or procure a record in response to a request.” Kissinger v. Reporters Committee for Freedom of
the Press, 445 U.S. 136, 151 (1980) (quoting Attorney General’s Memorandum on the Public
Information Section of the Administrative Procedure Act 23–24 (June 1967), Source Book I, pp.
222–23). Second, he asserts that by maintaining custody of federal prisoners by way of an
Intergovernmental Service Agreement, Fannin County Jail is performing a federal function, and
thus should be treated as an arm of the USMS. See Pl.’s Reply at 3 (citing United States v. Luedtke,
771 F.3d 453 (8th Cir. 2014)). Luedtke, however, was premised on the application of a criminal
statute, 18 U.S.C. § 111, that has no bearing on the present case. See Luedtke, 771 F.3d at 454–55.
As noted above, Burka outlines the two criteria to qualify as an “agency record,” and neither exists
Because there is no genuine dispute that the legal visitation records sought by Plaintiff are
not “agency records” for the purposes of FOIA, the court grants Defendant’s motion as to those
As for the segregability of the voluntarily produced records, Defendant has met its
obligations under FOIA. 1 Ms. Luckstone attests that “[a] line-by-line review was conducted to
identify information exempt from disclosure or for which a discretionary waiver of exemption
could be applied,” and that “[a]ll segregable information has been released to Plaintiff.” Second
Luckstone Decl. ¶ 25. Such an affirmation, undisputed by Plaintiff, satisfies Defendant’s burden.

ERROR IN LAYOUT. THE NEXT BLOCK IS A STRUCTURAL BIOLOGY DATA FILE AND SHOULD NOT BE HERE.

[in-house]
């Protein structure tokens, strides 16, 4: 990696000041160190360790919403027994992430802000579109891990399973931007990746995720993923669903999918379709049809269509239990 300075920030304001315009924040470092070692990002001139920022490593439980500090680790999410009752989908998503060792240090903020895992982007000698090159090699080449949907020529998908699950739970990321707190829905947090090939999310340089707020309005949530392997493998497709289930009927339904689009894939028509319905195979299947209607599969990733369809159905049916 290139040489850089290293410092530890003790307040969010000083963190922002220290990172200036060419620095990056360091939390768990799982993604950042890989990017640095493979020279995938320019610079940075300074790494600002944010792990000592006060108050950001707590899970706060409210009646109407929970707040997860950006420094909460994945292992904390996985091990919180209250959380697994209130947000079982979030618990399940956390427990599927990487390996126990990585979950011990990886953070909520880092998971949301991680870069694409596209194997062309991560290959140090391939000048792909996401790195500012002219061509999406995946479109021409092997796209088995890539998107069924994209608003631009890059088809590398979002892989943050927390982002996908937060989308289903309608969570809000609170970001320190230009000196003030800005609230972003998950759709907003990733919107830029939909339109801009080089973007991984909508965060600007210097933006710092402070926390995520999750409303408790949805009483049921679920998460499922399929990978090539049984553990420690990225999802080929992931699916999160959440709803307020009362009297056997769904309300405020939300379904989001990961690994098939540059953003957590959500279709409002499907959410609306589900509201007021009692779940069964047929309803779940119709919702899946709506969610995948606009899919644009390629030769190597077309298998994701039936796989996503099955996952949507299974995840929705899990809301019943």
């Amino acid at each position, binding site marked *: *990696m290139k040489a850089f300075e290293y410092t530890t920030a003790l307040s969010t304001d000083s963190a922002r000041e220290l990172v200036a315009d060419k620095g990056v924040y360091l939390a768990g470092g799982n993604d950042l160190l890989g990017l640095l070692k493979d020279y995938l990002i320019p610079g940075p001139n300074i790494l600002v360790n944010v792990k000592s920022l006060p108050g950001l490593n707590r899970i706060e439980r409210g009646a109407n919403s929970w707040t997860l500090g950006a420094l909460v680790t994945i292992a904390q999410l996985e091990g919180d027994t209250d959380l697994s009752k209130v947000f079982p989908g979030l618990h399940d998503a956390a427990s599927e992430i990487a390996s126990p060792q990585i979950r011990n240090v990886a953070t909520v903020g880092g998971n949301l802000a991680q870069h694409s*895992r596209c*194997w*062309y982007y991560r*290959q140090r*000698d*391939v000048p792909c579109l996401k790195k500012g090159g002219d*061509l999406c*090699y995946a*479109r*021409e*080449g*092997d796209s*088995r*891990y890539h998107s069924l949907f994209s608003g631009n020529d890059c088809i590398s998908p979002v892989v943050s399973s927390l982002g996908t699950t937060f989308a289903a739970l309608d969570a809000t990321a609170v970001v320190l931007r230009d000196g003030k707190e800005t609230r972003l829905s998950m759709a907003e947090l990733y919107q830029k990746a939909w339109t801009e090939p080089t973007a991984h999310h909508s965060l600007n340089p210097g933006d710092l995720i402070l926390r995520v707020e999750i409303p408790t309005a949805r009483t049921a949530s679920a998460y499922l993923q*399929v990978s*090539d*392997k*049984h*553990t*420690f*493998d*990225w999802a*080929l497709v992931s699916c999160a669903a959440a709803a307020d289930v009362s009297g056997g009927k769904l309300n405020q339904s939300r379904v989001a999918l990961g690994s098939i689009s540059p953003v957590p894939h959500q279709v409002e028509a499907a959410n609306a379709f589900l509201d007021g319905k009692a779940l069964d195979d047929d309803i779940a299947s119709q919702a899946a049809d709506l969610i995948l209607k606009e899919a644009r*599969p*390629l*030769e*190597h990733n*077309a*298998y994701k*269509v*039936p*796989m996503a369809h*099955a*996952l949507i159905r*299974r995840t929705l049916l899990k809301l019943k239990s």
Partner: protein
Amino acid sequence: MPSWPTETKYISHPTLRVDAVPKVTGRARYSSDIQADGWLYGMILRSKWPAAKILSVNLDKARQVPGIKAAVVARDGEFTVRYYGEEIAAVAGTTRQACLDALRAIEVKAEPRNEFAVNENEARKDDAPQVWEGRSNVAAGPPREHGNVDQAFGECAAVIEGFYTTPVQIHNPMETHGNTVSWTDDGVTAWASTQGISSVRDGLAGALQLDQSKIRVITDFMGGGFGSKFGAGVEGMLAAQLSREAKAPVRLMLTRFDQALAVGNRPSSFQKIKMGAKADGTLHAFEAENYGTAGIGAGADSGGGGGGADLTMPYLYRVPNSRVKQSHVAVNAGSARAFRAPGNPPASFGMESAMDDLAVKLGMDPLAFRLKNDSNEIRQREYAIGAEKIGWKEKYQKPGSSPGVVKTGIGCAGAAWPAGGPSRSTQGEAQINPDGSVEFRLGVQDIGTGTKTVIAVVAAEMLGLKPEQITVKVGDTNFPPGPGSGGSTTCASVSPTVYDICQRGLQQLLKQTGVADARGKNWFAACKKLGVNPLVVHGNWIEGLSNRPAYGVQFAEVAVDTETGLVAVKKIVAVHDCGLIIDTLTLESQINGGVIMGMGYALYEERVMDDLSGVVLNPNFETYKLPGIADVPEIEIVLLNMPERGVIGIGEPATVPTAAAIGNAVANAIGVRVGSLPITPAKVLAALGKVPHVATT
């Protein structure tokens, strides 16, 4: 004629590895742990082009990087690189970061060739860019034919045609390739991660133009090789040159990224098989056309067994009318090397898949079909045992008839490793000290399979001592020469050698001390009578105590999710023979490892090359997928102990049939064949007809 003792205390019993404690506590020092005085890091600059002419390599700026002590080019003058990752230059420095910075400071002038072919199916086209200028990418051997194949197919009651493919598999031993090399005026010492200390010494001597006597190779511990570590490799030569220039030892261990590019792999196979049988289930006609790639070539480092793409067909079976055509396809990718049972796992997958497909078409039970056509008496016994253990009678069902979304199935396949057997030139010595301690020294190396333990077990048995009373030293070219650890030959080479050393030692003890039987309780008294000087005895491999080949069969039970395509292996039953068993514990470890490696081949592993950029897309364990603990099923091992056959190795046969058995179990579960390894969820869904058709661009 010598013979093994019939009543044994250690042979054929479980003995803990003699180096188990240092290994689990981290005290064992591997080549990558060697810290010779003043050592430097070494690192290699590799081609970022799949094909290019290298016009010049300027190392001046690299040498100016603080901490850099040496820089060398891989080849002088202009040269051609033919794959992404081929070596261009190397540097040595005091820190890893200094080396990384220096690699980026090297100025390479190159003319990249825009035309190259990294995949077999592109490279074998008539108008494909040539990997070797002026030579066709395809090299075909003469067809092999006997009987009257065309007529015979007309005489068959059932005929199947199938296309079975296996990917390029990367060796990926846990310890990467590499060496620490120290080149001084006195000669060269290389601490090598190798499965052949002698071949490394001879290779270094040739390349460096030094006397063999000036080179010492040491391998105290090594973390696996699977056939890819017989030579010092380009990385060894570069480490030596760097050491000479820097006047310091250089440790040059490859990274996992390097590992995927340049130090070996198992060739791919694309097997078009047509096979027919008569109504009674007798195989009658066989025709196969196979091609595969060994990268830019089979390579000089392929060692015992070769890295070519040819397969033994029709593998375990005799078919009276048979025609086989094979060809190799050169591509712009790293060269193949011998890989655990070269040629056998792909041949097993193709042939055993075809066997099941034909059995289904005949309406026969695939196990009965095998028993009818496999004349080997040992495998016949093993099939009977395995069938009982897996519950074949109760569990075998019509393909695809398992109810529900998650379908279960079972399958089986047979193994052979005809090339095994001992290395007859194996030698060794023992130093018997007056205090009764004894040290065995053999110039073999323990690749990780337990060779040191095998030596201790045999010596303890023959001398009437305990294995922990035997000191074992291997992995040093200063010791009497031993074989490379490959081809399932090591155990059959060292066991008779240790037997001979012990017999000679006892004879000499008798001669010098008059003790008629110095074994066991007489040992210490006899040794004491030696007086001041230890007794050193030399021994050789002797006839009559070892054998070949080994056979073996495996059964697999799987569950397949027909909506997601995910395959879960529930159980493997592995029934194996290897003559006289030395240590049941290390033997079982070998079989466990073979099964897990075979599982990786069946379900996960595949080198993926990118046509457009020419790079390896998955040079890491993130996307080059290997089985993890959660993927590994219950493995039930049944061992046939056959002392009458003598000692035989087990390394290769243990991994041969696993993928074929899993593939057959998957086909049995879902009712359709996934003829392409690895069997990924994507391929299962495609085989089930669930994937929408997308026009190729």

See Porup v. CIA, No. 20-5144, 2021 WL 2021615, at *11 (D.C. Cir. May 21, 2021). Accordingly,
the court grants Defendant’s motion as to the voluntarily produced records.
For the foregoing reasons, the court grants Defendant’s Motion for Summary Judgment,
ECF No. 38. A separate final order accompanies this Memorandum Opinion.
Dated: June 7, 2021
Amit P. Mehta
United States District Court Judge
It remains unclear to the court whether withholding information within voluntarily produced but otherwise nonresponsive records to a request is subject to challenge under FOIA. For present purposes, the court assumes that it is.
Plaintiff does not challenge any of the information withheld under Exemptions (b)(6), (b)(7)(C), (b)(7)(E), and
(b)(7)(F), and so the court treats those withholdings as conceded. Although Plaintiff does not contest segregability,
the court nevertheless must consider the question sua sponte. See Johnson v. Exec. Off. for U.S. Att’ys, 310 F.3d 771,
776 (D.C. Cir. 2002).